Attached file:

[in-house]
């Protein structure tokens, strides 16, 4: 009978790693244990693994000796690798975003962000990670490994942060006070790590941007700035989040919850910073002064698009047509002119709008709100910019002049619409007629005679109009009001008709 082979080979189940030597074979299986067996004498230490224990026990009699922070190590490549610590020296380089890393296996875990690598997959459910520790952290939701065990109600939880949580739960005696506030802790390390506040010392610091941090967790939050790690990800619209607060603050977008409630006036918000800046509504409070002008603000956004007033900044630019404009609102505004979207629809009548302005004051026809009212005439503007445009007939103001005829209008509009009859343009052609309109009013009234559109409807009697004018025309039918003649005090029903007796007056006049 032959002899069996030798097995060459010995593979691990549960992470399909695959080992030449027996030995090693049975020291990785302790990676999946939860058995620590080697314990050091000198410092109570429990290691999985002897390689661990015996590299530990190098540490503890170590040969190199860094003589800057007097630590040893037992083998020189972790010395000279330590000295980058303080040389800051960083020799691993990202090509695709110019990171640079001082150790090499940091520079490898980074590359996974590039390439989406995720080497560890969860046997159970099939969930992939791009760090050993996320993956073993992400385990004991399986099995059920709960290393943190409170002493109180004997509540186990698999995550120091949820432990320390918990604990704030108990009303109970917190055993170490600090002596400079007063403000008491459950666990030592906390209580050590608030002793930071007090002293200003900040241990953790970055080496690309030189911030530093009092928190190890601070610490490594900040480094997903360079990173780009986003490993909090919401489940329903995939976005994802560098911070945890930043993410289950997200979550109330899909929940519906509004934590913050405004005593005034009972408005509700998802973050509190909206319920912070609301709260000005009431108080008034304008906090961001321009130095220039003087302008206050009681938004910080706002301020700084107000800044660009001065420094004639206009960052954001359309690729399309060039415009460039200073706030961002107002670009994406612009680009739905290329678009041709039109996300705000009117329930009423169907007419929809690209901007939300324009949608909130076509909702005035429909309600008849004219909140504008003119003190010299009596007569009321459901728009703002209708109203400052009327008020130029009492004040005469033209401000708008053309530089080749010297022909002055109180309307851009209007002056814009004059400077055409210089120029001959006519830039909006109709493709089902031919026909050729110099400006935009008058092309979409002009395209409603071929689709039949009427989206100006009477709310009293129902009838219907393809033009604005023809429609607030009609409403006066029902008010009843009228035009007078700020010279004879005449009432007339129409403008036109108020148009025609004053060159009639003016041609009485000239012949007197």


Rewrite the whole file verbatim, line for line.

[in-house]
């Protein structure tokens, strides 16, 4: 009978790693244990693994000796690798975003962000990670490994942060006070790590941007700035989040919850910073002064698009047509002119709008709100910019002049619409007629005679109009009001008709 082979080979189940030597074979299986067996004498230490224990026990009699922070190590490549610590020296380089890393296996875990690598997959459910520790952290939701065990109600939880949580739960005696506030802790390390506040010392610091941090967790939050790690990800619209607060603050977008409630006036918000800046509504409070002008603000956004007033900044630019404009609102505004979207629809009548302005004051026809009212005439503007445009007939103001005829209008509009009859343009052609309109009013009234559109409807009697004018025309039918003649005090029903007796007056006049 032959002899069996030798097995060459010995593979691990549960992470399909695959080992030449027996030995090693049975020291990785302790990676999946939860058995620590080697314990050091000198410092109570429990290691999985002897390689661990015996590299530990190098540490503890170590040969190199860094003589800057007097630590040893037992083998020189972790010395000279330590000295980058303080040389800051960083020799691993990202090509695709110019990171640079001082150790090499940091520079490898980074590359996974590039390439989406995720080497560890969860046997159970099939969930992939791009760090050993996320993956073993992400385990004991399986099995059920709960290393943190409170002493109180004997509540186990698999995550120091949820432990320390918990604990704030108990009303109970917190055993170490600090002596400079007063403000008491459950666990030592906390209580050590608030002793930071007090002293200003900040241990953790970055080496690309030189911030530093009092928190190890601070610490490594900040480094997903360079990173780009986003490993909090919401489940329903995939976005994802560098911070945890930043993410289950997200979550109330899909929940519906509004934590913050405004005593005034009972408005509700998802973050509190909206319920912070609301709260000005009431108080008034304008906090961001321009130095220039003087302008206050009681938004910080706002301020700084107000800044660009001065420094004639206009960052954001359309690729399309060039415009460039200073706030961002107002670009994406612009680009739905290329678009041709039109996300705000009117329930009423169907007419929809690209901007939300324009949608909130076509909702005035429909309600008849004219909140504008003119003190010299009596007569009321459901728009703002209708109203400052009327008020130029009492004040005469033209401000708008053309530089080749010297022909002055109180309307851009209007002056814009004059400077055409210089120029001959006519830039909006109709493709089902031919026909050729110099400006935009008058092309979409002009395209409603071929689709039949009427989206100006009477709310009293129902009838219907393809033009604005023809429609607030009609409403006066029902008010009843009228035009007078700020010279004879005449009432007339129409403008036109108020148009025609004053060159009639003016041609009485000239012949007197």